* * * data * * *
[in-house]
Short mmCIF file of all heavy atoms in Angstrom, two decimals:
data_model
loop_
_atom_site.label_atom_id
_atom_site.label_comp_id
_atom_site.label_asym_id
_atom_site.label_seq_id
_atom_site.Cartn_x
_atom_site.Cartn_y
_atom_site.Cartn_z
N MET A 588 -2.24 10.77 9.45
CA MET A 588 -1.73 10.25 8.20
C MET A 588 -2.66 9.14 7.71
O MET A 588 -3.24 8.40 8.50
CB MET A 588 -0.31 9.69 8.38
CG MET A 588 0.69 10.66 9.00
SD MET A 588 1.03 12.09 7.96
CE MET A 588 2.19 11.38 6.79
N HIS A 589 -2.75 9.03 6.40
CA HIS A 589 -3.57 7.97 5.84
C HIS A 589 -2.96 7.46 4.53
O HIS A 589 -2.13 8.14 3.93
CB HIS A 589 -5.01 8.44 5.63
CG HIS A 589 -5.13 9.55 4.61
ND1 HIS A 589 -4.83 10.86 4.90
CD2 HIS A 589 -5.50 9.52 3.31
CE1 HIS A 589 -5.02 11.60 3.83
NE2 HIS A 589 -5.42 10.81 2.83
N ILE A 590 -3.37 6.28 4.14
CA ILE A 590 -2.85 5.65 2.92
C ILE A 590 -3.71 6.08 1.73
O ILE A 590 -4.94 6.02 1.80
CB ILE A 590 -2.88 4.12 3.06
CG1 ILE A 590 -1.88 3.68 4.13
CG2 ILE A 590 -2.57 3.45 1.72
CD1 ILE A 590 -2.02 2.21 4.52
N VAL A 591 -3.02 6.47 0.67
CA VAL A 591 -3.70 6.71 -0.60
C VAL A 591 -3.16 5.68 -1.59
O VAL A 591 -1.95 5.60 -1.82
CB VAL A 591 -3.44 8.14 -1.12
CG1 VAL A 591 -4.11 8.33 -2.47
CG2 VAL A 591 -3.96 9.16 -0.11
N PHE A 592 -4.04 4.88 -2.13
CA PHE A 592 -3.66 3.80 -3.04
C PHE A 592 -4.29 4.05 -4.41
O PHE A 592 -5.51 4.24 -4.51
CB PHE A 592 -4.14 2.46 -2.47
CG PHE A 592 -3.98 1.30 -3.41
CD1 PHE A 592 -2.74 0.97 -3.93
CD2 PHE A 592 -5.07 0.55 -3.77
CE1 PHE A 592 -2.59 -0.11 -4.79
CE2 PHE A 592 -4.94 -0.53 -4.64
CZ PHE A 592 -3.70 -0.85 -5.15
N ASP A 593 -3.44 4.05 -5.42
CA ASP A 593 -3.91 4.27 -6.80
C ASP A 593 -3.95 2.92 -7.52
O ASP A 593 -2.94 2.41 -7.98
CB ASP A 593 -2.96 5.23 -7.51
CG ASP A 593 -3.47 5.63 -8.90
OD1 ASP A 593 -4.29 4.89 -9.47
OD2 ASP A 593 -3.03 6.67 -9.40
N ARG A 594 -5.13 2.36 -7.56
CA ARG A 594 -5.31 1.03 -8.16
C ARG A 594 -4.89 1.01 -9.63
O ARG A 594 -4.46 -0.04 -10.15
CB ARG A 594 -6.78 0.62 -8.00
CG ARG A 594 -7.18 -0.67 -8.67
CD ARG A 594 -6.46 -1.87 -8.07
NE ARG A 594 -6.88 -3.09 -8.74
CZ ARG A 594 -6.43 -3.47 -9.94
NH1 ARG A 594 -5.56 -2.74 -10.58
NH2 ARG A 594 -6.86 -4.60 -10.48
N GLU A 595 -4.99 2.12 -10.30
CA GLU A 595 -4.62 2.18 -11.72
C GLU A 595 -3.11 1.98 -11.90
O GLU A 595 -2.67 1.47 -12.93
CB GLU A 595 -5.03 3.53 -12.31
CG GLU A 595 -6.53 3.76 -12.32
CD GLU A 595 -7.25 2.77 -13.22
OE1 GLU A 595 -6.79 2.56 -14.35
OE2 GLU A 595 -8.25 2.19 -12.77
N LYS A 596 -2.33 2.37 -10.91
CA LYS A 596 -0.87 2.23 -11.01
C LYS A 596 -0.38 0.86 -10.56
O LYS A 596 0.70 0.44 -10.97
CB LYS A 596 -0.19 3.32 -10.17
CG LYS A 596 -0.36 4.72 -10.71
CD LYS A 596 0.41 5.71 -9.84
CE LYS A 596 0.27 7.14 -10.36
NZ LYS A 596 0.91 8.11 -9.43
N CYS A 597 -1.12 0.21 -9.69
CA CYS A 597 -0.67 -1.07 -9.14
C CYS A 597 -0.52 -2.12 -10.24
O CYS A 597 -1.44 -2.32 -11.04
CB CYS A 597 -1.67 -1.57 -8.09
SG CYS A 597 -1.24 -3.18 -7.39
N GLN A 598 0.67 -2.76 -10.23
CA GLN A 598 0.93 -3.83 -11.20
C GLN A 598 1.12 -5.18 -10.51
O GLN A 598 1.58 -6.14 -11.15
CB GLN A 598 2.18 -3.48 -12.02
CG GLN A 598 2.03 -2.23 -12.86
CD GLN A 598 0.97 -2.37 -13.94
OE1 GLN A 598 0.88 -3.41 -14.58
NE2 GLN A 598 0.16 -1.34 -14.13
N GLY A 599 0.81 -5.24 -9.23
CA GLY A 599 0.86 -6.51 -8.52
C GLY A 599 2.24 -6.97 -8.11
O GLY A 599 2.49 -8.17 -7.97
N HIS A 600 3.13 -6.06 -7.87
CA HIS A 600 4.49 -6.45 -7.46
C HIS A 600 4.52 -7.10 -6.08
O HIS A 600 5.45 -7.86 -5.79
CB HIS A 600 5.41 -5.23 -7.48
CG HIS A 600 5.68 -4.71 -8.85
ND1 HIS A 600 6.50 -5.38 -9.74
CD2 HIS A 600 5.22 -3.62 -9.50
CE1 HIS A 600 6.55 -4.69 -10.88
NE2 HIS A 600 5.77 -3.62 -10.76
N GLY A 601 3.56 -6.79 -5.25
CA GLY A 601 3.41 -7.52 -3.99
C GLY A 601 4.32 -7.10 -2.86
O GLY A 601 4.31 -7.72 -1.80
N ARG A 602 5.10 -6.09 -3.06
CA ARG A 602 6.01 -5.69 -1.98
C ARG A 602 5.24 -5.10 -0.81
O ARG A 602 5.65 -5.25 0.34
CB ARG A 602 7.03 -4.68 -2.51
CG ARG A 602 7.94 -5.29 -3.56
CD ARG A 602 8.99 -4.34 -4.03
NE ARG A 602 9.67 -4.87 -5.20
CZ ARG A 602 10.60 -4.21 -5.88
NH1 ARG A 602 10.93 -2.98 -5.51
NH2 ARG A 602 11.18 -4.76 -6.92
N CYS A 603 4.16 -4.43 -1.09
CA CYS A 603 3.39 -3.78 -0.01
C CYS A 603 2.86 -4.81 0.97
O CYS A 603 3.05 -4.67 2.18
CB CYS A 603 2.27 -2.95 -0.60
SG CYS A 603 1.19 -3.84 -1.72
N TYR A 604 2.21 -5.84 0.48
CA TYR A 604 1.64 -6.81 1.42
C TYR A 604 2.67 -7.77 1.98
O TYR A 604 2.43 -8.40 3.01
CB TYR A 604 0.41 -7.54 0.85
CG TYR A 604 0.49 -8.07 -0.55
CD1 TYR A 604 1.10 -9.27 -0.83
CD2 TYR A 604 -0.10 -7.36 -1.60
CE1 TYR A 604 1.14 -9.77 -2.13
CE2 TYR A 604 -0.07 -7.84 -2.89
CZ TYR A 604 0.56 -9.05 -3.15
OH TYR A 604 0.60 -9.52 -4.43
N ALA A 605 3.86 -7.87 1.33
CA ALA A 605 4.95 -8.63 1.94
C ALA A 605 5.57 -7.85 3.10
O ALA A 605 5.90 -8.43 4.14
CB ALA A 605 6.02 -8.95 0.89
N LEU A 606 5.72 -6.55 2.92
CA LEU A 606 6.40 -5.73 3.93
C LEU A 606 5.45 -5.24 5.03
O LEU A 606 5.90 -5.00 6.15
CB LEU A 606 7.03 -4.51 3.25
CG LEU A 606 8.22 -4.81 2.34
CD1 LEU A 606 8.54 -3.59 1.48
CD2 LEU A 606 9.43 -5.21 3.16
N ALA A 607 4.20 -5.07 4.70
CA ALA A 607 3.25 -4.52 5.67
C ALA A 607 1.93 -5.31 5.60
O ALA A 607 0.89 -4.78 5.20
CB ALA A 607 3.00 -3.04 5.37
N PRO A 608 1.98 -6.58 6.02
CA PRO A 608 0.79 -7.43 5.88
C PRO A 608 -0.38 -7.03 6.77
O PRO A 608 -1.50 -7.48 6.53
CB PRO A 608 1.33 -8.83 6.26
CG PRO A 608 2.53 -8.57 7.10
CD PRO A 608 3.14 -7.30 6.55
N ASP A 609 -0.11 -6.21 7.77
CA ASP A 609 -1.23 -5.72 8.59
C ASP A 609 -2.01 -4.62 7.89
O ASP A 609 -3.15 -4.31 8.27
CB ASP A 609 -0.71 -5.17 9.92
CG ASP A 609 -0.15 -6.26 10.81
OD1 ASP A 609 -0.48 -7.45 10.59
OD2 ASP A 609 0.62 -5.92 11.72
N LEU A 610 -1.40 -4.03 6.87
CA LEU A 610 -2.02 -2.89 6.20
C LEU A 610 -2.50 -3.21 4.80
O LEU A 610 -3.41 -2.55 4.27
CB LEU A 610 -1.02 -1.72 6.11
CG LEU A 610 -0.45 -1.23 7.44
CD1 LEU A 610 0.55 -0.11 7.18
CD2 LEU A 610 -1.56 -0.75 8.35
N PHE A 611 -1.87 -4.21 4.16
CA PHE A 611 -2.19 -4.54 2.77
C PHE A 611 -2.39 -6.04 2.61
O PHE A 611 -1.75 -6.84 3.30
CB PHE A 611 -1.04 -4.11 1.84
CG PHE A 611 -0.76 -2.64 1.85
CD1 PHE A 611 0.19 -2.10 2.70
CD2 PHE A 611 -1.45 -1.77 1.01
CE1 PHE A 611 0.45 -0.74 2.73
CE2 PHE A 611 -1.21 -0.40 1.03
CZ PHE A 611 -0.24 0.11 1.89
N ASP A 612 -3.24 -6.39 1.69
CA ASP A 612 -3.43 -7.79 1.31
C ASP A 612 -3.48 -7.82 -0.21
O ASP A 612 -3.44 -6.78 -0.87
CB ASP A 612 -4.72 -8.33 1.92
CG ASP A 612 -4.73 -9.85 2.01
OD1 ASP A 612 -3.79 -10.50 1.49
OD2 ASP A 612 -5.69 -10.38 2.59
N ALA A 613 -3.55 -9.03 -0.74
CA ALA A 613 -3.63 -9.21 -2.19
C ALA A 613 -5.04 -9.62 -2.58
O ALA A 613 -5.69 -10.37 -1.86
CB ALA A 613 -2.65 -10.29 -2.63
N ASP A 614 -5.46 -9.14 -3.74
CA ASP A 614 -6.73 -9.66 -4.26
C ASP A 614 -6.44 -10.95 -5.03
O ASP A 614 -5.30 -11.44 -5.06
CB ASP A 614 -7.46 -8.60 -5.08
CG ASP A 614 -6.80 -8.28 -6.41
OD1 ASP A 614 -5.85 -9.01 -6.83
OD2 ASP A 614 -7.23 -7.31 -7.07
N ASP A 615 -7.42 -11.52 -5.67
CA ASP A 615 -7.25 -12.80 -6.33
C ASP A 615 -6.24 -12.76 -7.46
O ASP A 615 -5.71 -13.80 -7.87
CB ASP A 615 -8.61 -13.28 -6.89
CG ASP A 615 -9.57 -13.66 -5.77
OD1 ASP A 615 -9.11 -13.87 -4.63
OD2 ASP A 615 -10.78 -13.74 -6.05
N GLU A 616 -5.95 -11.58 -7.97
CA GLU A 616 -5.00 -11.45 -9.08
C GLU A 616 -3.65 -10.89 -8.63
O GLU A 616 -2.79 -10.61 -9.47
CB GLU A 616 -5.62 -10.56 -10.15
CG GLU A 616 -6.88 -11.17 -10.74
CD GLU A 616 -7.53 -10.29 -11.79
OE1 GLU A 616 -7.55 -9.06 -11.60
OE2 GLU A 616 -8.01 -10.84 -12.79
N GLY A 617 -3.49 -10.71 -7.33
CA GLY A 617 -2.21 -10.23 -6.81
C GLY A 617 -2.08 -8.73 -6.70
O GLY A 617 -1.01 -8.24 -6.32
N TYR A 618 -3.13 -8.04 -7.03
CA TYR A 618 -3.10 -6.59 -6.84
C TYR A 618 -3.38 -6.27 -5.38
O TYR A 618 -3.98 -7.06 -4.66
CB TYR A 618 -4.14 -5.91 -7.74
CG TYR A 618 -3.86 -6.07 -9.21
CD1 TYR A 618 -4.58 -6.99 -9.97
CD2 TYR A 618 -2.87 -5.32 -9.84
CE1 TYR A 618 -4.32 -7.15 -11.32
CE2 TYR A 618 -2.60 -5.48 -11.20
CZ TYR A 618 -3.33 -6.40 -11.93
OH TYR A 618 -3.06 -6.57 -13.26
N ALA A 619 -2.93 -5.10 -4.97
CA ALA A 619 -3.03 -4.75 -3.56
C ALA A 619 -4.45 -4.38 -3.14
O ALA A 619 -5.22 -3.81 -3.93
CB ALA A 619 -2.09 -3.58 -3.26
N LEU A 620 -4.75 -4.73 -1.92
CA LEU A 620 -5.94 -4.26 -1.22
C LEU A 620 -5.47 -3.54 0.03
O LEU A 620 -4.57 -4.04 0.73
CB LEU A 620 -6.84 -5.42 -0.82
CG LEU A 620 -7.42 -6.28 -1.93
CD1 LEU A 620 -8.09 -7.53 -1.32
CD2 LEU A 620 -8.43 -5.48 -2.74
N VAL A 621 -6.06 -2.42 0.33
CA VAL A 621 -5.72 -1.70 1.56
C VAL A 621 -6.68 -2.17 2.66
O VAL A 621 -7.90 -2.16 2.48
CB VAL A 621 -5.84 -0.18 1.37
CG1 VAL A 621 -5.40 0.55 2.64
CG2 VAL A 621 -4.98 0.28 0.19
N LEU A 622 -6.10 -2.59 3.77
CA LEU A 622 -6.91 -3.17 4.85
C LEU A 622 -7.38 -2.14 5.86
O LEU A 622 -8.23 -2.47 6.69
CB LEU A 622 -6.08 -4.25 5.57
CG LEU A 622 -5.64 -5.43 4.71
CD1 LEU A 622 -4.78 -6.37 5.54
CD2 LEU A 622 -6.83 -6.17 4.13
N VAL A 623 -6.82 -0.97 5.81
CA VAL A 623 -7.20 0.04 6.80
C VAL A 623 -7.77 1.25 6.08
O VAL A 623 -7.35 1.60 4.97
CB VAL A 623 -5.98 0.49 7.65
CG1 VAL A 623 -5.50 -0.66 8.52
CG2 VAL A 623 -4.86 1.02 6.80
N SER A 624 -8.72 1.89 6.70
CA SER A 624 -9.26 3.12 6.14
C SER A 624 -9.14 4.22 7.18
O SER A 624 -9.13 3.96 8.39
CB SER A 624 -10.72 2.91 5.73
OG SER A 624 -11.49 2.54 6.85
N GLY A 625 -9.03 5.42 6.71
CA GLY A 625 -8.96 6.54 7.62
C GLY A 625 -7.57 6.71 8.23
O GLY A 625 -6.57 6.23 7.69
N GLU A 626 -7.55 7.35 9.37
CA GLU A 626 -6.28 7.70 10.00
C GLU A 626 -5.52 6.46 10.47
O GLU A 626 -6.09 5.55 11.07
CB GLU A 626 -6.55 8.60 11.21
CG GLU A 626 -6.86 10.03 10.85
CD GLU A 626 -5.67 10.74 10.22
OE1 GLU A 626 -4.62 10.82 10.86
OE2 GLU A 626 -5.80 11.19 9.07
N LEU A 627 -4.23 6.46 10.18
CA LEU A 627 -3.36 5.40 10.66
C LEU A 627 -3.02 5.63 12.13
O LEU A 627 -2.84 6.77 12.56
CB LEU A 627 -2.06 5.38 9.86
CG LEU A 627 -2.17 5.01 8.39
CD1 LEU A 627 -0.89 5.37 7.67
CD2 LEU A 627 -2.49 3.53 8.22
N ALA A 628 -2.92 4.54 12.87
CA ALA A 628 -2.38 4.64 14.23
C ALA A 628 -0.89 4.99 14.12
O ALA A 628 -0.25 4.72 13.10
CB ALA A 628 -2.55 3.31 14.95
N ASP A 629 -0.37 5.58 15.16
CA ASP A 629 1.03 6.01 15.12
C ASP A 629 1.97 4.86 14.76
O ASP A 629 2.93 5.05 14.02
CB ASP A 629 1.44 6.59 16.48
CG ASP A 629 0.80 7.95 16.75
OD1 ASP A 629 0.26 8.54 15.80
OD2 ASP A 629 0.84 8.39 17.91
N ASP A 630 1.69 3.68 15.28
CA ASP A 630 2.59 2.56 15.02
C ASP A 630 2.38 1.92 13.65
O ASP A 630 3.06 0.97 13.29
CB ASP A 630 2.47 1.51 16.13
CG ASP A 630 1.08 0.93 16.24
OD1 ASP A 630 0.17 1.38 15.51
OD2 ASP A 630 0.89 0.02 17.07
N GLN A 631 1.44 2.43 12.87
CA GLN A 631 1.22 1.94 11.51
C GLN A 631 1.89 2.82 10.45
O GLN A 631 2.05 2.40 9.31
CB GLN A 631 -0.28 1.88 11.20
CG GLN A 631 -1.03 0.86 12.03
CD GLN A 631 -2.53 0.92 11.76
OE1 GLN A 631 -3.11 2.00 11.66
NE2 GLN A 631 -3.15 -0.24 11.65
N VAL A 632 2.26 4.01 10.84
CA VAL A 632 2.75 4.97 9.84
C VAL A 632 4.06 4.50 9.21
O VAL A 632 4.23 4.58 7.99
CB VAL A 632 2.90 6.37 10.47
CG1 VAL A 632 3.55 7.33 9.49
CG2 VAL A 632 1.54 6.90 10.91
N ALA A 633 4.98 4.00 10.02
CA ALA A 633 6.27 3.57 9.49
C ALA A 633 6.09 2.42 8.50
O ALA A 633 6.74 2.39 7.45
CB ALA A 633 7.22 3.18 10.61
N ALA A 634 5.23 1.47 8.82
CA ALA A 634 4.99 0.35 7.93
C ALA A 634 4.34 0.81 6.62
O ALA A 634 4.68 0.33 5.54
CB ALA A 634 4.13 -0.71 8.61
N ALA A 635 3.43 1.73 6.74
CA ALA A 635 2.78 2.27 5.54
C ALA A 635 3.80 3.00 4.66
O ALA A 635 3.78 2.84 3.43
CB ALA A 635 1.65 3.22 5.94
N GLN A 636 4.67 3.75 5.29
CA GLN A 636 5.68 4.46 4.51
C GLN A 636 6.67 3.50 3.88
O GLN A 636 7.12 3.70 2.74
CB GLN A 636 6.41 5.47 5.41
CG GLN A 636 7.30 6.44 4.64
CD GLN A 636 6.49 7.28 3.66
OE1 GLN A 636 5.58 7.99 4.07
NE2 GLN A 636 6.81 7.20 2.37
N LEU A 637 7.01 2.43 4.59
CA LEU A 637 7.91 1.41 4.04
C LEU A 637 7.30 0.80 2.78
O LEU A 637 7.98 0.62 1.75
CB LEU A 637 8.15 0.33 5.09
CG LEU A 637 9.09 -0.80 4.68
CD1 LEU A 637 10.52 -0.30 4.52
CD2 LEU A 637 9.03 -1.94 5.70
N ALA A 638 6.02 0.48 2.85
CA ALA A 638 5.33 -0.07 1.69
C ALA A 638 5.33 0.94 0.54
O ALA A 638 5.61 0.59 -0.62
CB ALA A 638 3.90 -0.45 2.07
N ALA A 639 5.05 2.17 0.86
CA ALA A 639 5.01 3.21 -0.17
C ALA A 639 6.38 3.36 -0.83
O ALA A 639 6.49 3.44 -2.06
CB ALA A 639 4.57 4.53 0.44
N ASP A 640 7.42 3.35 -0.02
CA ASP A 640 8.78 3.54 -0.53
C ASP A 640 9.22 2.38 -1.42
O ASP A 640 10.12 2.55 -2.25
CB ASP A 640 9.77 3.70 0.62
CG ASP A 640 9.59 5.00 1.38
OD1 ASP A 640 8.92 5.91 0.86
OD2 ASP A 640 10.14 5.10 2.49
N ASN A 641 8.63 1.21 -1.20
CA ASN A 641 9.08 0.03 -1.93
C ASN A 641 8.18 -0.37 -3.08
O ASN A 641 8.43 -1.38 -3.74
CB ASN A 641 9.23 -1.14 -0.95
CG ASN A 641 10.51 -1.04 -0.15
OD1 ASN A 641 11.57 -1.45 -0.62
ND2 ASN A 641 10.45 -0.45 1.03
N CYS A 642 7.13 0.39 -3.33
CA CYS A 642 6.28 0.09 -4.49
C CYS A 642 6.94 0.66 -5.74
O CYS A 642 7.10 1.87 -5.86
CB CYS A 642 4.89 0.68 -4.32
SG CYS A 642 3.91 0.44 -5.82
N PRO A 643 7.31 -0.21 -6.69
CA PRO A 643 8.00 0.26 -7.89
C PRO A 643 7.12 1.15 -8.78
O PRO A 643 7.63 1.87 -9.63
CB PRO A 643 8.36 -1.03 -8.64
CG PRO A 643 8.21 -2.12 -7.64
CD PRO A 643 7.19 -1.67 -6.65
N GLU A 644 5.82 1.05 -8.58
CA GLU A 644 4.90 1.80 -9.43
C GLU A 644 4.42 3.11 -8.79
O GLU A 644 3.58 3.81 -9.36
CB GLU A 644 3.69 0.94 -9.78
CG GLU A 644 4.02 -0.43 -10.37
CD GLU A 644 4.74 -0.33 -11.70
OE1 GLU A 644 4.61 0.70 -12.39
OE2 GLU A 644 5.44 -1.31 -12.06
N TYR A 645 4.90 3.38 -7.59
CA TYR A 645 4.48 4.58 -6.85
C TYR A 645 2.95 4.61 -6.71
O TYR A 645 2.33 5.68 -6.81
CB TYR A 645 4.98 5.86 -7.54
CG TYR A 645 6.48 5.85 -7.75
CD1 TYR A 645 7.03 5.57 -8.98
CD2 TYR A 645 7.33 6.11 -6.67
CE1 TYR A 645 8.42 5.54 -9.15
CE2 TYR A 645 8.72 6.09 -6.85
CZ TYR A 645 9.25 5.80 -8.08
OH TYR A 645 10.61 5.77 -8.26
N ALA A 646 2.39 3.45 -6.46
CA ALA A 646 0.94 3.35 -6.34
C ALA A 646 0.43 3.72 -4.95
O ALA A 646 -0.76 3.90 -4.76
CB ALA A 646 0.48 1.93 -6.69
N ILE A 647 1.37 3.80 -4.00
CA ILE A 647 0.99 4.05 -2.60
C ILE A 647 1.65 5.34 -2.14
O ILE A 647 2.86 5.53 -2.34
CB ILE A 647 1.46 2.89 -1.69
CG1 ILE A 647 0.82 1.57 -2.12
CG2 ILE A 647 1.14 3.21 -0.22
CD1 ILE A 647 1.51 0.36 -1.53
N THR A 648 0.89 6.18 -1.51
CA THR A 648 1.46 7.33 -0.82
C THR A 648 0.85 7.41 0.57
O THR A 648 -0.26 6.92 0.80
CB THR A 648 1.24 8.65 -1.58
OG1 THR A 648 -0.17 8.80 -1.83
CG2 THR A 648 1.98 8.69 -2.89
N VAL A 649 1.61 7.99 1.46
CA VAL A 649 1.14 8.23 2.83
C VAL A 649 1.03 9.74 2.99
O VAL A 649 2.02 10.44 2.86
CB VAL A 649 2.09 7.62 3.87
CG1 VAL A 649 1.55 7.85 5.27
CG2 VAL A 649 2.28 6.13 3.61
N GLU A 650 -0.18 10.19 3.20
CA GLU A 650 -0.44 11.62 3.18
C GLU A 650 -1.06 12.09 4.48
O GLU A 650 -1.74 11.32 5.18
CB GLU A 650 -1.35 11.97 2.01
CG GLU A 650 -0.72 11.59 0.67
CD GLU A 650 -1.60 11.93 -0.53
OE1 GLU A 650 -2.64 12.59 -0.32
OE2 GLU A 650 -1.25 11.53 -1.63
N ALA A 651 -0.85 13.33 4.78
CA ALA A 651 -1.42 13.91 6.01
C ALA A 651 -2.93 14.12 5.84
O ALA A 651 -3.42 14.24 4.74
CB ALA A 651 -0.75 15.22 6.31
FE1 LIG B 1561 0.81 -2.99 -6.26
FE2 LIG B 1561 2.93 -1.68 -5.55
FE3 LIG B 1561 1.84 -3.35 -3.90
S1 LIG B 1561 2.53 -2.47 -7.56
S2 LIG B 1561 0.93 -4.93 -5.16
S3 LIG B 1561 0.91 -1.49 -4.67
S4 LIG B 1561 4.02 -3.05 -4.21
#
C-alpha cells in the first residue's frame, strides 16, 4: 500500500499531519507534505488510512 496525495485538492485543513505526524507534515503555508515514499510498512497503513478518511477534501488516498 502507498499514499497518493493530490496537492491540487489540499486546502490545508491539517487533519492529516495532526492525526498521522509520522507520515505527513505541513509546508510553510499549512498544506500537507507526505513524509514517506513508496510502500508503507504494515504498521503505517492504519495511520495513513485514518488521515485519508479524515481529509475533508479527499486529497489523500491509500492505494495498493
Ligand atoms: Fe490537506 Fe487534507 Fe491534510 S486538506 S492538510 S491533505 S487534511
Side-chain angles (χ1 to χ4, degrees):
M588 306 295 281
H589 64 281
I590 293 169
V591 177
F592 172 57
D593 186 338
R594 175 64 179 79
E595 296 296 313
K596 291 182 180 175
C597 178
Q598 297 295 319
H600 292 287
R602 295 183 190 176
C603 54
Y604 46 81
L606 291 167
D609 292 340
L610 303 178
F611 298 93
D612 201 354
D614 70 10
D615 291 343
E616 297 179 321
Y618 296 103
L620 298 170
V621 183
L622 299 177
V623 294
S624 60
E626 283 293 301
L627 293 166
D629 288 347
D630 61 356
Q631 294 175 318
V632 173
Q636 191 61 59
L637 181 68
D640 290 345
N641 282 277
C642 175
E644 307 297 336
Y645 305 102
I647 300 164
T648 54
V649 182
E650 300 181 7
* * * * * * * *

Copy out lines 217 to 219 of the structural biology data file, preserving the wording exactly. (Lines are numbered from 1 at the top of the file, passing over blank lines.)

C ALA A 613 -5.04 -9.62 -2.58
O ALA A 613 -5.69 -10.37 -1.86
CB ALA A 613 -2.65 -10.29 -2.63